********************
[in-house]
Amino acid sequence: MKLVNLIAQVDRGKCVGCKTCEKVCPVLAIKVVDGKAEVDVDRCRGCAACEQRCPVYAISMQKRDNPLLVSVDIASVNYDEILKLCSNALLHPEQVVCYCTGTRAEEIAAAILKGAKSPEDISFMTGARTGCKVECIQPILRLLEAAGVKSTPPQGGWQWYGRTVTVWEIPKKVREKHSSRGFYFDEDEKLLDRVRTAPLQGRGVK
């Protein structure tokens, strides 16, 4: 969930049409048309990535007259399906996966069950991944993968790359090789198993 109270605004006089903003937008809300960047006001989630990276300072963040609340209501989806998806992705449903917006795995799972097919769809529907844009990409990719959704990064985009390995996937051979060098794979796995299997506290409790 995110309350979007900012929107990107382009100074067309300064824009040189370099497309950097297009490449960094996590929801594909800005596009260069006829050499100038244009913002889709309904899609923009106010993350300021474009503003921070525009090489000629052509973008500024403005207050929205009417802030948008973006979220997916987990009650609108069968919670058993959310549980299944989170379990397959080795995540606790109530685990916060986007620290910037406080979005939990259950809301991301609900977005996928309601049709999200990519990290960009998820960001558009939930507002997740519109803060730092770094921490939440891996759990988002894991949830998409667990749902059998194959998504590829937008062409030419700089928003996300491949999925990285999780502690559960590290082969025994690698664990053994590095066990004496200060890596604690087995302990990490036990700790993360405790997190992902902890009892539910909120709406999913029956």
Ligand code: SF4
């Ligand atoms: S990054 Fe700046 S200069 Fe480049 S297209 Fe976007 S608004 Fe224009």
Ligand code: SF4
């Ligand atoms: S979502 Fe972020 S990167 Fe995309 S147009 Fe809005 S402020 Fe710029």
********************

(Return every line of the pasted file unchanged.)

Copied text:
[in-house]
Amino acid sequence: MKLVNLIAQVDRGKCVGCKTCEKVCPVLAIKVVDGKAEVDVDRCRGCAACEQRCPVYAISMQKRDNPLLVSVDIASVNYDEILKLCSNALLHPEQVVCYCTGTRAEEIAAAILKGAKSPEDISFMTGARTGCKVECIQPILRLLEAAGVKSTPPQGGWQWYGRTVTVWEIPKKVREKHSSRGFYFDEDEKLLDRVRTAPLQGRGVK
């Protein structure tokens, strides 16, 4: 969930049409048309990535007259399906996966069950991944993968790359090789198993 109270605004006089903003937008809300960047006001989630990276300072963040609340209501989806998806992705449903917006795995799972097919769809529907844009990409990719959704990064985009390995996937051979060098794979796995299997506290409790 995110309350979007900012929107990107382009100074067309300064824009040189370099497309950097297009490449960094996590929801594909800005596009260069006829050499100038244009913002889709309904899609923009106010993350300021474009503003921070525009090489000629052509973008500024403005207050929205009417802030948008973006979220997916987990009650609108069968919670058993959310549980299944989170379990397959080795995540606790109530685990916060986007620290910037406080979005939990259950809301991301609900977005996928309601049709999200990519990290960009998820960001558009939930507002997740519109803060730092770094921490939440891996759990988002894991949830998409667990749902059998194959998504590829937008062409030419700089928003996300491949999925990285999780502690559960590290082969025994690698664990053994590095066990004496200060890596604690087995302990990490036990700790993360405790997190992902902890009892539910909120709406999913029956």
Ligand code: SF4
């Ligand atoms: S990054 Fe700046 S200069 Fe480049 S297209 Fe976007 S608004 Fe224009």
Ligand code: SF4
């Ligand atoms: S979502 Fe972020 S990167 Fe995309 S147009 Fe809005 S402020 Fe710029």